Graphical marks visually encode data using geometric primitives such as rectangles, lines, and plotting symbols. Marks are the basic visual building block of a visualization, providing basic shapes whose properties can be set according to backing data. Mark property definitions may be simple constants or data fields, or scales can be used to map data values to visual values.

Supported Mark Types

The supported mark types are:

  • arc - Circular arcs, including pie and donut slices.
  • area - Filled areas with horizontal or vertical alignment.
  • image - Images, including icons or photographs.
  • group - Containers for other marks, useful for sub-plots.
  • line - Stroked lines, often used for showing change over time.
  • path - Arbitrary paths or polygons, defined using SVG path syntax.
  • rect - Rectangles, as in bar charts and timelines.
  • rule - Rules are line segments, often used for axis ticks and grid lines.
  • shape - A special variant of path marks for faster drawing of cartographic maps.
  • symbol - Plotting symbols, including circles, squares and other shapes.
  • text - Text labels with configurable fonts, alignment and angle.
  • trail - Lines that can change size based on underlying data.

Visual Encoding

Each mark supports a set of visual encoding properties that determine the position and appearance of mark instances. Typically one mark instance is generated per input data element; the exceptions are the line and area mark types, which represent multiple data elements as a single line or area shape.

A mark definition typically looks something like this:

  "type": "rect",
  "from": {"data": "table"},
  "encode": {
    "enter": {
      "y": {"scale": "yscale", "field": "value"},
      "y2": {"scale": "yscale", "value": 0},
      "fill": {"value": "steelblue"}
    "update": {...},
    "exit": {...},
    "hover": {...}

There are three primary property sets: enter, update, exit. The enter properties are evaluated when data is processed for the first time and a mark instance is newly added to a scene. The update properties are evaluated for all existing (non-exiting) mark instances. The exit properties are evaluated when the data backing a mark is removed, and so the mark is leaving the visual scene. To better understand how enter, update, and exit sets work, take a look at Mike Bostock’s Thinking with Joins.

In addition, an optional hover set determines visual properties when the mouse cursor hovers over a mark instance. Upon mouse out, the update set is applied.

There is also a special group mark type (group) that can contain other marks, as well as local data, signal, scale, axis and legend definitions. Groups can be used to create visualizations consisting of grouped or repeated elements; examples include stacked graphs (each stack is a separate group containing a series of data values) and small multiples displays (each plot is contained in its own group). See the [[Group Marks]] page for more.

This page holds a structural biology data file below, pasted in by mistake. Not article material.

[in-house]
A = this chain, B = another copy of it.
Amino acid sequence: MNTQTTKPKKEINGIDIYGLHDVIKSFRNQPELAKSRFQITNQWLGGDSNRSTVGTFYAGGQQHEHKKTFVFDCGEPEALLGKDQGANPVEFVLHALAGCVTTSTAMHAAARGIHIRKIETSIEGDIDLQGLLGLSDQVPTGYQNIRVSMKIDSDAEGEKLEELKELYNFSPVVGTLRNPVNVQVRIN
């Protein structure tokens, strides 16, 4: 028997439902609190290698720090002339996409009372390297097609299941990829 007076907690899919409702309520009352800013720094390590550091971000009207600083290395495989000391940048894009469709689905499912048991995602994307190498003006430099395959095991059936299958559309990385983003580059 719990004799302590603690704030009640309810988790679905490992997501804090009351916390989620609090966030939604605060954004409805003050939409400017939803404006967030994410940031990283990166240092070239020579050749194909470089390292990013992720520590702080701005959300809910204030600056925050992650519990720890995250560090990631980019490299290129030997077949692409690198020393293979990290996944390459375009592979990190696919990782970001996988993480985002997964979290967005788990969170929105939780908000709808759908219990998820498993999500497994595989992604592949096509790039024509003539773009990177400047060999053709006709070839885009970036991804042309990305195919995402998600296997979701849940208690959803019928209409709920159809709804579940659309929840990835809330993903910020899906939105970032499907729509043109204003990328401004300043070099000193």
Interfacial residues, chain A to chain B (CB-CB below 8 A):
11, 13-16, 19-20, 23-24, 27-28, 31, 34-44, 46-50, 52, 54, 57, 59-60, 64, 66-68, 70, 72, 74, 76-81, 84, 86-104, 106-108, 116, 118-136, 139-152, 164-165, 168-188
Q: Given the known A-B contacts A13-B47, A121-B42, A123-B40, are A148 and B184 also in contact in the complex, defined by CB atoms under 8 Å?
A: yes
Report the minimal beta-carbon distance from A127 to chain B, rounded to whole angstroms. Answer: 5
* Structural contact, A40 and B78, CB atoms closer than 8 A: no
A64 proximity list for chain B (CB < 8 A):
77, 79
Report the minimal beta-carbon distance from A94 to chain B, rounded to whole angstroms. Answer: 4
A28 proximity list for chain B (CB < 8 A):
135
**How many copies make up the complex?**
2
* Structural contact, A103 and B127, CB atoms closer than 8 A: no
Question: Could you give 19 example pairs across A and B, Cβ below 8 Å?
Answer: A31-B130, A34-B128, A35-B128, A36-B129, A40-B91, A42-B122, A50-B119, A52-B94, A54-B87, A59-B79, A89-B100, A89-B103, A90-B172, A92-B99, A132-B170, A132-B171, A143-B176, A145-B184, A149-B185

Top-Level Mark Properties

Property Type Description
type String Required. The graphical mark type. Must be one of the supported mark types.
description String An optional description of this mark. Can be used as a comment.
encode Encode An object containing a set of visual encoding rules for mark properties.
from From An object describing the data this mark set should visualize. If undefined, a single element data set containing an empty object is assumed. The from property can either specify a data set to use (e.g., {"data": "table"}) or provide a faceting directive to subdivide a data set across a set of group marks.
interactive Boolean A boolean flag (default true) indicating if the marks can serve as input event sources. If false, no mouse or touch events corresponding to the marks will be generated.
key Field A data field to use as a unique key for data binding. When a visualization’s data is updated, the key value will be used to match data elements to existing mark instances. Use a key field to enable object constancy for transitions over dynamic data.
name String A unique name for the mark. This name can be used to refer to these marks within an event stream definition. SVG renderers will add this name value as a CSS class name on the enclosing SVG group (g) element containing the mark instances.
on Trigger[ ] A set of triggers for modifying mark properties in response to signal changes.
transform Transform[ ] A set of post-encoding transforms, applied after any encode blocks, that operate directly on mark scenegraph items (not backing data objects). These can be useful for performing layout with transforms that can set x, y, width, height, etc. properties. Only data transforms that do not generate or filter data objects may be used.
role String A metadata string indicating the role of the mark. SVG renderers will add this role value (prepended with the prefix role-) as a CSS class name on the enclosing SVG group (g) element containing the mark instances.

Mark Data Sources (from)

TODO: data, facet.

Mark Encoding Sets

TODO: say more, examples.

All visual mark property definitions are specified as name-value pairs in a property set (such as update, enter, or exit). The name is simply the name of the visual property. The value should be a value reference or production rule, as defined below.

Value References

A value reference specifies the value for a given mark property. The value may be a constant or drawn from a data object. In addition, the value may be run through a scale transform and further modified.